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By Catholic Online (NEWS CONSORTIUM)

8/13/2013 (1 year ago)

Catholic Online (www.catholic.org)

Derby is renowned as one of the world's toughest horse races

Nineteen-year-old Lara Prior-Palmer from Hampshire in the United Kingdom has become both the first female rider to win the Mongol Derby - known as one of the world's toughest horse races. She is also the youngest and first British jockey to win the race since it began in 2009. The derby is notorious as being one of the hardest horse races in the world.

Lara Prior-Palmer claimed victory in the 1000-kilometer race in especially trying circumstances, with the American woman Devan Horn actually crossing the finishing line first this past weekend.

Lara Prior-Palmer claimed victory in the 1000-kilometer race in especially trying circumstances, with the American woman Devan Horn actually crossing the finishing line first this past weekend.

Highlights

By Catholic Online (NEWS CONSORTIUM)

Catholic Online (www.catholic.org)

8/13/2013 (1 year ago)

Published in Asia Pacific

Keywords: Mongol Derby, races, Lara Prior-Palmer, horses


LOS ANGELES, CA (Catholic Online) - Prior-Palmer claimed victory in the 1000-kilometer race in especially trying circumstances, with the American woman Devan Horn actually crossing the finishing line first this past weekend.

Rules for the Mongol Derby stipulate that each rider's horse must pass a veterinary inspection at the end of each leg. Horn's horse's heart-rate did not recover in the required time. She was issued with a two-hour penalty, which handed victory to Prior-Palmer.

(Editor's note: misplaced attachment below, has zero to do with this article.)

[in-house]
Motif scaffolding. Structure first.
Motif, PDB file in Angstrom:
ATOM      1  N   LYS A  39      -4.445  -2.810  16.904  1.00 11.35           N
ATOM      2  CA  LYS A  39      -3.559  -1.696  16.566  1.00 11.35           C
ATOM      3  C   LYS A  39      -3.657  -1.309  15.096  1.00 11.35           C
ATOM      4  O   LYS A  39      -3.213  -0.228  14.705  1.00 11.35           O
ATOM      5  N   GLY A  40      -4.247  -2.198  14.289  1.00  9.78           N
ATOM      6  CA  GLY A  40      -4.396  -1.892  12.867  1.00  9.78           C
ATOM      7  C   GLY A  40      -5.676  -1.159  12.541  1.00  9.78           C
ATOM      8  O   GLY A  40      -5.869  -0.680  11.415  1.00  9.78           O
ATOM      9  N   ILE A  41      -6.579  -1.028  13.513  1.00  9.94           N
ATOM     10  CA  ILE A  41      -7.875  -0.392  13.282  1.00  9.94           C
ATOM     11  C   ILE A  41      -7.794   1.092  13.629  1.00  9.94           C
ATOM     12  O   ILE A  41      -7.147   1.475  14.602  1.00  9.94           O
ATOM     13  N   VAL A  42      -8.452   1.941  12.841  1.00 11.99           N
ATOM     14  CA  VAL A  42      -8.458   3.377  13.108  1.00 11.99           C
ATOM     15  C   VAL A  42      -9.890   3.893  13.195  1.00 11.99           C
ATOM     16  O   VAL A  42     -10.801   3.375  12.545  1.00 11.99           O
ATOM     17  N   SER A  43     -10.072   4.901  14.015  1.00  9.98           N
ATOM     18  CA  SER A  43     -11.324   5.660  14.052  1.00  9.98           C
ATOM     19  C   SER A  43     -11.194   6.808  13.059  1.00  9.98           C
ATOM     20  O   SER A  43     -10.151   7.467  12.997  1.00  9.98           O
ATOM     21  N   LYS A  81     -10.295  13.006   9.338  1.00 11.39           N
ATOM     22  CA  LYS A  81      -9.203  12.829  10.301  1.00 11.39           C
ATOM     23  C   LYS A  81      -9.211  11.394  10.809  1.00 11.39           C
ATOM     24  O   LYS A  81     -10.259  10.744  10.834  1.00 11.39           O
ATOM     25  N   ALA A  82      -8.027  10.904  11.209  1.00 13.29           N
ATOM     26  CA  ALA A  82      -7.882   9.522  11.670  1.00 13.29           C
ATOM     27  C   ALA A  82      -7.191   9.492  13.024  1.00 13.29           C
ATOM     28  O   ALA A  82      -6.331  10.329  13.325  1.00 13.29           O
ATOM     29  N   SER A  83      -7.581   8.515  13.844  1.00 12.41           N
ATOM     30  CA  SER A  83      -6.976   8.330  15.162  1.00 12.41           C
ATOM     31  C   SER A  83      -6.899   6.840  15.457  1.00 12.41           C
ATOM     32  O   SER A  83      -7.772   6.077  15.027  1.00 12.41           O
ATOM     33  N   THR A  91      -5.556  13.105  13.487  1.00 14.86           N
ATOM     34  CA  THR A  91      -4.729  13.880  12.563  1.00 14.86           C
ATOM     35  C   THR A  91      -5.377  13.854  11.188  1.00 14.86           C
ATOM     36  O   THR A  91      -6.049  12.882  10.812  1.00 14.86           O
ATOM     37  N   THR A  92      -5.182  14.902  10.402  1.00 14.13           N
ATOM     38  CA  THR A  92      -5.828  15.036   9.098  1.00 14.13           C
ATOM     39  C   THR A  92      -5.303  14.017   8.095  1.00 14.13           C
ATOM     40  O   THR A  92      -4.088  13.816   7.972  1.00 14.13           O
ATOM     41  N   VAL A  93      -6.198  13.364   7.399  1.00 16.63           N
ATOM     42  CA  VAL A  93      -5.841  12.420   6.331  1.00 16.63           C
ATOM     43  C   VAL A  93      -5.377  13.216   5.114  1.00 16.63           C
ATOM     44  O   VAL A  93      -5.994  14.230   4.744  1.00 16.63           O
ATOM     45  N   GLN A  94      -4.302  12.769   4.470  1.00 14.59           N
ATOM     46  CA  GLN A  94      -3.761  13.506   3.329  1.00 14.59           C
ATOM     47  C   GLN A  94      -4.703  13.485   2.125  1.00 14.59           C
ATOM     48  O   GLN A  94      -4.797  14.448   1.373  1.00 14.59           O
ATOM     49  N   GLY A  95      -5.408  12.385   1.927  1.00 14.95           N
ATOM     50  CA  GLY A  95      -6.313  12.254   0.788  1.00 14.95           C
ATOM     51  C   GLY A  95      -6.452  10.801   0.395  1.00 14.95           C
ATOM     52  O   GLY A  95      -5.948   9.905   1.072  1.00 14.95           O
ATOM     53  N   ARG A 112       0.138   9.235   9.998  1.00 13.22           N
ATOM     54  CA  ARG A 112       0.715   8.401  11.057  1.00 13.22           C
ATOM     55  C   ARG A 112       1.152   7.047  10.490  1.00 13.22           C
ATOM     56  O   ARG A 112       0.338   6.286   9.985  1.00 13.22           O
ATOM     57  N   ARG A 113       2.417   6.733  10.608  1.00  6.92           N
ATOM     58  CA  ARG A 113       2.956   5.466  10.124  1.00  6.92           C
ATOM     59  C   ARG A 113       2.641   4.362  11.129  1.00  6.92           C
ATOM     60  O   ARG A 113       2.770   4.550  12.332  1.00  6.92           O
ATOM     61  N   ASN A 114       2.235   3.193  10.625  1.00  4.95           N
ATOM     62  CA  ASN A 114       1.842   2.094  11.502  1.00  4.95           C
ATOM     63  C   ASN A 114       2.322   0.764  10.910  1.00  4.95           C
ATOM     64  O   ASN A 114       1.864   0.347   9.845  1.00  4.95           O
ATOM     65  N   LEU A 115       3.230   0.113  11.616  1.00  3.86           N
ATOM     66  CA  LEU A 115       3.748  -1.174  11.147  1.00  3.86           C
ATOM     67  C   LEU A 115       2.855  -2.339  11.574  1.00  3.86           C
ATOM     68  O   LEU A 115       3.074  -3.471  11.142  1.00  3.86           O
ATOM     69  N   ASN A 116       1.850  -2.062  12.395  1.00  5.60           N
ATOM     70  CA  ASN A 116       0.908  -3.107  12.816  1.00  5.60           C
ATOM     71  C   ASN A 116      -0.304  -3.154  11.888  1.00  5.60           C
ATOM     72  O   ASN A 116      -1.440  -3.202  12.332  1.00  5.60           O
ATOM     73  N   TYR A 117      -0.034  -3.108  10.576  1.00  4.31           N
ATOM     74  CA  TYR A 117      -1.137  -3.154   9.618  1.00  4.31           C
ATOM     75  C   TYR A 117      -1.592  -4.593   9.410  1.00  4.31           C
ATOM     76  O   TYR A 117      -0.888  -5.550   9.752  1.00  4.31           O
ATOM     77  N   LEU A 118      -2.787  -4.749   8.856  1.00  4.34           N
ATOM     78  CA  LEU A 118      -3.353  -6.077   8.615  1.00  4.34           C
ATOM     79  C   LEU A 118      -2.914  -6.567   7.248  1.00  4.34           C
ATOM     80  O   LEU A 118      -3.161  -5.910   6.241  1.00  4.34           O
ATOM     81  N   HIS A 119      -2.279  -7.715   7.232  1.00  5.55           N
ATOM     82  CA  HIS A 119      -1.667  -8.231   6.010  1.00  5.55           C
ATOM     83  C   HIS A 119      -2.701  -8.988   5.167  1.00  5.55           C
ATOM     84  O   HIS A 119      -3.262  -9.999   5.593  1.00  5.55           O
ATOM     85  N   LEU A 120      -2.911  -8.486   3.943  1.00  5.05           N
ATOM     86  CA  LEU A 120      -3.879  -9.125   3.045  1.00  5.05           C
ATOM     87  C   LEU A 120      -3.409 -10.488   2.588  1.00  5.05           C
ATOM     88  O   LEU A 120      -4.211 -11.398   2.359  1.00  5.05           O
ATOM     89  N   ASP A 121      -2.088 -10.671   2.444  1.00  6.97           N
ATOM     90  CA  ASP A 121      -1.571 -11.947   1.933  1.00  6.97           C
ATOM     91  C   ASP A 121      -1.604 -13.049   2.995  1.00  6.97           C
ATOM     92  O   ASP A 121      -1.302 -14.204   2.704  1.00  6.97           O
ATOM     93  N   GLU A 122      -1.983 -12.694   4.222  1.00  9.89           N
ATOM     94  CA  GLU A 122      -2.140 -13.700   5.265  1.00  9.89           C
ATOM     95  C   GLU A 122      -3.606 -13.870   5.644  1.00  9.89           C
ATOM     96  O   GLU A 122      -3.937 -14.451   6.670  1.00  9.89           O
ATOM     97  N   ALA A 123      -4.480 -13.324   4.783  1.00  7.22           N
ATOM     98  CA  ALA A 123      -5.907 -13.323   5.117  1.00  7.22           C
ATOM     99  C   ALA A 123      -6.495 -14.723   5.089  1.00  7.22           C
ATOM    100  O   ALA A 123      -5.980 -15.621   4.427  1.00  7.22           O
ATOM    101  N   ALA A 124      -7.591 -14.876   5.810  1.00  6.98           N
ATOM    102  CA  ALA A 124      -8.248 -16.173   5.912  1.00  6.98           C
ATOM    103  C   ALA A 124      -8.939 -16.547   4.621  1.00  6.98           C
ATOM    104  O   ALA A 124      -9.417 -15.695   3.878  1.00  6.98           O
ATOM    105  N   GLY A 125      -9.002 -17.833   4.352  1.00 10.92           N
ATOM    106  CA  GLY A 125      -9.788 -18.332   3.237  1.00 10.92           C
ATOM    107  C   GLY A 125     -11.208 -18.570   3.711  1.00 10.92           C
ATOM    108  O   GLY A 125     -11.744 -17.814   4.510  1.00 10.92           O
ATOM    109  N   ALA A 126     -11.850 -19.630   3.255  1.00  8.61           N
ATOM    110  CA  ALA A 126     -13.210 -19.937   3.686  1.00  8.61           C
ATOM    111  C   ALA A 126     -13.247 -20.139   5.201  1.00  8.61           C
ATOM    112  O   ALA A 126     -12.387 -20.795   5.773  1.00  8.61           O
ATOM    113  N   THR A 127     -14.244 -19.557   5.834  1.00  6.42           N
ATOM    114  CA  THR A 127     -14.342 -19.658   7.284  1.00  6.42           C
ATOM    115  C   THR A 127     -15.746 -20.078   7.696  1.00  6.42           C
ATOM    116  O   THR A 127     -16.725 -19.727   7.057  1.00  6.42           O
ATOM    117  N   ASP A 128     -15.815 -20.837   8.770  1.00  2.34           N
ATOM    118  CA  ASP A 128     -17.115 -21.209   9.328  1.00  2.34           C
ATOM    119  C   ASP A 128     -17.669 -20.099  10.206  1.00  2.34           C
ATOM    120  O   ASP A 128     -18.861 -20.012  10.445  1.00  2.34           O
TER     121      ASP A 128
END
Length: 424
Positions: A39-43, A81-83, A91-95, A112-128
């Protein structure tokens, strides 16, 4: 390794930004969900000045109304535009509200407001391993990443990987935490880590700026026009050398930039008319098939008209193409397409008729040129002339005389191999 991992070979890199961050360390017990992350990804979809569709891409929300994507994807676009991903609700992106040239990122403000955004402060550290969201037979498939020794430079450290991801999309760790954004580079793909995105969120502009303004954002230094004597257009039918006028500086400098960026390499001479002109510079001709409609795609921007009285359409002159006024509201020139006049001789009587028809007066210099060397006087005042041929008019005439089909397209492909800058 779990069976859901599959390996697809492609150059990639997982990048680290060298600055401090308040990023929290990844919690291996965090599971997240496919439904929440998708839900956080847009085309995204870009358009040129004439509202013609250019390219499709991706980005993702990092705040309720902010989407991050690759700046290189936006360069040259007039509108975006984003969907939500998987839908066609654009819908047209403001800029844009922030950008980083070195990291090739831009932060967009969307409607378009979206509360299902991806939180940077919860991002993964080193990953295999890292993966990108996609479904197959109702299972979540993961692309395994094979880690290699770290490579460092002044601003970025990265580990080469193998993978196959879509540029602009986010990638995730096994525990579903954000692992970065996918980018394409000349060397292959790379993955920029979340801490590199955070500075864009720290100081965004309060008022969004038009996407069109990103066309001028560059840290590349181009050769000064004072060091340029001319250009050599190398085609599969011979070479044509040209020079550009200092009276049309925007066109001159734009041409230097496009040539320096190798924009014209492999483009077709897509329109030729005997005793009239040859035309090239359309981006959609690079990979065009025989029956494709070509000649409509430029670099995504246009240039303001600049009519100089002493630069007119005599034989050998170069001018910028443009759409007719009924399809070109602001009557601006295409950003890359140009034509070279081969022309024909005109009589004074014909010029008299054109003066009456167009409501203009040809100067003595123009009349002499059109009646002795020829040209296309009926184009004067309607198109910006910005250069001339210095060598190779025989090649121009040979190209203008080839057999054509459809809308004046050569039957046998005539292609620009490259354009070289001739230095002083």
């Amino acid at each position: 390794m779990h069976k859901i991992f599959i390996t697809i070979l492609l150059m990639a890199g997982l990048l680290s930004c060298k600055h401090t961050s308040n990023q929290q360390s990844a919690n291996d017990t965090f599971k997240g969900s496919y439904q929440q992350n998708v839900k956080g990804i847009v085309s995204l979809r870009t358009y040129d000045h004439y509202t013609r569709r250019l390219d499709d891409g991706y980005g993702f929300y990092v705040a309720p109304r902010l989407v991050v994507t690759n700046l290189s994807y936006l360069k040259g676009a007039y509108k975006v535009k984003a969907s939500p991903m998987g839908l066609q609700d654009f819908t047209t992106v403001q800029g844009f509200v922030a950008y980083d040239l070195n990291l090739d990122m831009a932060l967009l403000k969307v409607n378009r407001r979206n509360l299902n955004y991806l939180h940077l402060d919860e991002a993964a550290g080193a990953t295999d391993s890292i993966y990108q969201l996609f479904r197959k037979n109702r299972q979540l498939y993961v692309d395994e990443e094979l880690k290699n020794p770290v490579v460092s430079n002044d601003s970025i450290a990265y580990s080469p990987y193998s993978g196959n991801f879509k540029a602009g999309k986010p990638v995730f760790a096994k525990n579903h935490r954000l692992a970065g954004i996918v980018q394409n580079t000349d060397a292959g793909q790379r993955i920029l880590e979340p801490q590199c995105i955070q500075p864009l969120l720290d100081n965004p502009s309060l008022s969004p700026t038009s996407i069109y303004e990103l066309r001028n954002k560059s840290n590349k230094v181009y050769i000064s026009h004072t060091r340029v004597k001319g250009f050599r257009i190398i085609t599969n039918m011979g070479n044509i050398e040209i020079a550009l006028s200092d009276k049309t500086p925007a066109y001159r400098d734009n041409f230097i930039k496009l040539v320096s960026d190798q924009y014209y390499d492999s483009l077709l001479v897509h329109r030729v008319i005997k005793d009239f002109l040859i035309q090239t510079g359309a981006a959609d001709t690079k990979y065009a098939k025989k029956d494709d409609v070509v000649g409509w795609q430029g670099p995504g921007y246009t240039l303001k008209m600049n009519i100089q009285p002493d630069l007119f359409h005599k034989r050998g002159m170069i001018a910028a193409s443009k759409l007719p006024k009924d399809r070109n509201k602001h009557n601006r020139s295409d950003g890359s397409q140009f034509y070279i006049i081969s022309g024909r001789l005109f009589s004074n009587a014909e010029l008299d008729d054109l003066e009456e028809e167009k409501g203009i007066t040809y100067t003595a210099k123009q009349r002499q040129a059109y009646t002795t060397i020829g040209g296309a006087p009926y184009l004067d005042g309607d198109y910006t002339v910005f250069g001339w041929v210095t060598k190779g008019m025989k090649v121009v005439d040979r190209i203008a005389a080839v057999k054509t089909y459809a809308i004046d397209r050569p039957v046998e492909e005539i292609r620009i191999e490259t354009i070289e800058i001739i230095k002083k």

The niece of Lucinda Green, a six-time Badminton champion, Prior-Palmer wrote in the Telegraph prior to the race  that she "wasn't scared of anything at the moment."

The course is a recreation of Genghis Khan's ancient postal system of 25 horse stations across the Mongolian steppe.

Jockeys change their semi-wild Mongolian horses at each station. The riders also stay with the local herding families that run the stations and provide the horses.

"I can't really believe it . I came into the first station last because my horse was so slow and I had to walk him in. I thought that would be the end of my Mongol Derby," she said.

"I knew that there were 30 people and nearly all of those 30 wanted to win and I really just wanted to finish.

"If you compare my first few days to my last few days I was going so much slower . and suddenly I just got the hang of it and how to ride the horses and what to do to catch up with the rest."

Official race photojournalist and former champion jockey Richard Dunwoody said he'd witnessed "phenomenal riding" and that both front-riders had "set a scorching pace."

Half of the 30 riders who started the race have now withdrawn, with only 15 now expected to complete. Many have fallen off or been bucked off their semi-wild horses or sustained injuries.

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